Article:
Tonight was the annual banquet of the Texas Institute of Letters, and it was a grand night for TCU Press. The two major awards went to our authors--one to Jan Reid for the best novel, Comanche Sundown (TCU Press, 2010) and the lifetime achievement award (Lon Tinkle Award) to C. W. Smith, who has published several novels with us, including the forthcoming Steplings, a book about which we are all excited. (Sorry, folks, but I still consider myself a part of TCU Press in retirement.) In addition, two of our books were finalists in their categories--Edmund J. Davis of Texas, by Carl Moneyhon in the nonfiction category, and Smurglets are Everywhere, poetry by Alan Birkelbach with illustrations by Susan Halbower, in the juvenile category.
It was a fine evening of seeing old friends, people I've missed and wanted to see, meeting new people, seeing some I didn't know well but wanted to know better. I got hugs from Bob and Jean Flynn, Bob Compton, Fran Vick, Barbara Whitehead and Bruce; I visited with Susan Wittig Albert, a fellow mystery writer (she much more established than I), and said hello to countless people, some of whom have published with TCU and some not.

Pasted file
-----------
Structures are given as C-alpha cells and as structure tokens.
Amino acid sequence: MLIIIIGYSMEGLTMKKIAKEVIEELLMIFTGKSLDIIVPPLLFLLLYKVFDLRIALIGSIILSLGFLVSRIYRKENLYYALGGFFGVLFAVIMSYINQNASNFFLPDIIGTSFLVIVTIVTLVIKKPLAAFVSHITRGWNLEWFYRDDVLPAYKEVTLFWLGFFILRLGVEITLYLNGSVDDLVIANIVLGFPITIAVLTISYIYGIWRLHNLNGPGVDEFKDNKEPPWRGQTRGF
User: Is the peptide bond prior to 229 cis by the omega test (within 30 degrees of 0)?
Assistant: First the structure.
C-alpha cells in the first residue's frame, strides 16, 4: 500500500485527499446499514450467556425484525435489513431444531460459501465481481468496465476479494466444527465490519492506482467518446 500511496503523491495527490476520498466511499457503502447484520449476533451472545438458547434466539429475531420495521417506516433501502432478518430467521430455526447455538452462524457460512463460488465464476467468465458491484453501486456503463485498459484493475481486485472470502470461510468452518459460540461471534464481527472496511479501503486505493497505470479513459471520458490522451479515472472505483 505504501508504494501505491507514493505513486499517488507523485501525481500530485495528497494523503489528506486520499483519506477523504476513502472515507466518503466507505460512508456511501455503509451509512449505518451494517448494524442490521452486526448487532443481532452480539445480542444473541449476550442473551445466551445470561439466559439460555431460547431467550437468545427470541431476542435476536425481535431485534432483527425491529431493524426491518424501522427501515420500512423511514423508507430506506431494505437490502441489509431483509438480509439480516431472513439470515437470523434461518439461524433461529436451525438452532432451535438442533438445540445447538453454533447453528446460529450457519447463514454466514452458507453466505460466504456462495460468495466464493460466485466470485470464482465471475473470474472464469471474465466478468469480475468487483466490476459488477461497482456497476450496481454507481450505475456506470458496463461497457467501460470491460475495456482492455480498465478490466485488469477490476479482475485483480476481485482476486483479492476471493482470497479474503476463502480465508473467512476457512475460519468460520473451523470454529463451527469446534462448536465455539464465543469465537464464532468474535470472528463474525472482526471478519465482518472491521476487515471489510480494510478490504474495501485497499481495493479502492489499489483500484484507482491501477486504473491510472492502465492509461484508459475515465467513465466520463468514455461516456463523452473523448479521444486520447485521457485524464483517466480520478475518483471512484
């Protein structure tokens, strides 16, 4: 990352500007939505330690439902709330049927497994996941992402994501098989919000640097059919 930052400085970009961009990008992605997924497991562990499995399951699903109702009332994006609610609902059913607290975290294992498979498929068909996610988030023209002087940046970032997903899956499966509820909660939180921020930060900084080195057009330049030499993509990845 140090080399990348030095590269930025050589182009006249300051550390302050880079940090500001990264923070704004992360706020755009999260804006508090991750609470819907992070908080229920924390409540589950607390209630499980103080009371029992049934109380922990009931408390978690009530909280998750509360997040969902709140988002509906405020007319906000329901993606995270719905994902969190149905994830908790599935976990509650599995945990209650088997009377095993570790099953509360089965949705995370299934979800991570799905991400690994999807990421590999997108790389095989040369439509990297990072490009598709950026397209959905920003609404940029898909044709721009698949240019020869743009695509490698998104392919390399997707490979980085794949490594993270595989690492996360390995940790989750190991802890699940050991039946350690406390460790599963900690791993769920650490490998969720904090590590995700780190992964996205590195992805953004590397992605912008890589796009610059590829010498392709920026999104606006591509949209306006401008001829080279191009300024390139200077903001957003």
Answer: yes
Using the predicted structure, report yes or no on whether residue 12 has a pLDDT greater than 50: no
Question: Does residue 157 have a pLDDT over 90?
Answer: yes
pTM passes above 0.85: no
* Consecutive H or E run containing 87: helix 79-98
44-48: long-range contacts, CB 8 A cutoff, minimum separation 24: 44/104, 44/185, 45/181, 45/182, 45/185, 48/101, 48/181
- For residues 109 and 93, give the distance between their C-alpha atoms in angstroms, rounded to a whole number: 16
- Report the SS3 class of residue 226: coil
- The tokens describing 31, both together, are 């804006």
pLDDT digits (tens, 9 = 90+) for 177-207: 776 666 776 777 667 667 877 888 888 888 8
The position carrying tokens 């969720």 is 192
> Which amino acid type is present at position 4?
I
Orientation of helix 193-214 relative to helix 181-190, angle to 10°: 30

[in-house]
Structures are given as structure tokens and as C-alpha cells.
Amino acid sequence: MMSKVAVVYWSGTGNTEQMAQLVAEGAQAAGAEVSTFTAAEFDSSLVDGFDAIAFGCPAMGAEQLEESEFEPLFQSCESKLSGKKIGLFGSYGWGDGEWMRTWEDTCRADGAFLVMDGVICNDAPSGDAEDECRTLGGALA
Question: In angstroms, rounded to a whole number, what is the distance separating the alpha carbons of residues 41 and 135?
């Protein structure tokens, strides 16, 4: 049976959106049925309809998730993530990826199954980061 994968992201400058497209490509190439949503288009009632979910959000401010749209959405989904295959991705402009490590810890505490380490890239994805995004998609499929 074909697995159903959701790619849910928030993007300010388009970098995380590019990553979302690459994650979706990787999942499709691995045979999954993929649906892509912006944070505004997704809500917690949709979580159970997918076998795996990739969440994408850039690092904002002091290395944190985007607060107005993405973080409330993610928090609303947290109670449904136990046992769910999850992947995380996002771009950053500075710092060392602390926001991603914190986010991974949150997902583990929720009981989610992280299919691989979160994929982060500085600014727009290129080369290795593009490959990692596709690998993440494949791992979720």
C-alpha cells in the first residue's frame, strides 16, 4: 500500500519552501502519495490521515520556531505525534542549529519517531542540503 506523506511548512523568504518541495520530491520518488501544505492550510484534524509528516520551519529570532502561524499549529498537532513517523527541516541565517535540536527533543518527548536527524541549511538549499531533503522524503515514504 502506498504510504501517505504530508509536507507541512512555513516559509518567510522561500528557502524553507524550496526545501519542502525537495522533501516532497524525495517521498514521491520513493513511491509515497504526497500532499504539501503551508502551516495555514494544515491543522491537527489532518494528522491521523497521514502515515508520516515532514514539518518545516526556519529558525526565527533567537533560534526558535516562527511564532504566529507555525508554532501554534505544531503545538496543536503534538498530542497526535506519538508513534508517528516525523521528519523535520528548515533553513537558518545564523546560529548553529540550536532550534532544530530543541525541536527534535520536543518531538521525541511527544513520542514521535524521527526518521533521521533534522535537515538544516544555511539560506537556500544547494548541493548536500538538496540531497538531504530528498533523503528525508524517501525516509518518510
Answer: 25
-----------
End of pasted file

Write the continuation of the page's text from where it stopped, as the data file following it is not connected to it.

TIL is 75 years old this year, an organization founded to promote the appreciation of the literature of Texas. Membership is by invitation only, though the banquet, meetings, and awards are open to anyone. Sometimes in that group people's egos get in the way, but for the most part is a collegial bunch of writers who cheer for and support each other. TIL, with UT Austin, sponsors two annual six-month writing fellowships--fellows get to spend six months at J. Frank Dobie's Paisano Ranch devoting their time to writing, with rent and modest living expenses paid. Over the years, TIL has wisely elected young people to membership so that it's not one of those groups where everyone will go old at once.
All told, I'm proud to belong to it, and pleased to have been at the banquet in Dallas tonight. After all, I don't get to many banquets--and rarely to Dallas. We got stuck in an awful traffic jam on the bridge over the Trinity leading to downtown Dallas--there was no alternate route by which to escape. So maybe that's why I don't go to Dallas much.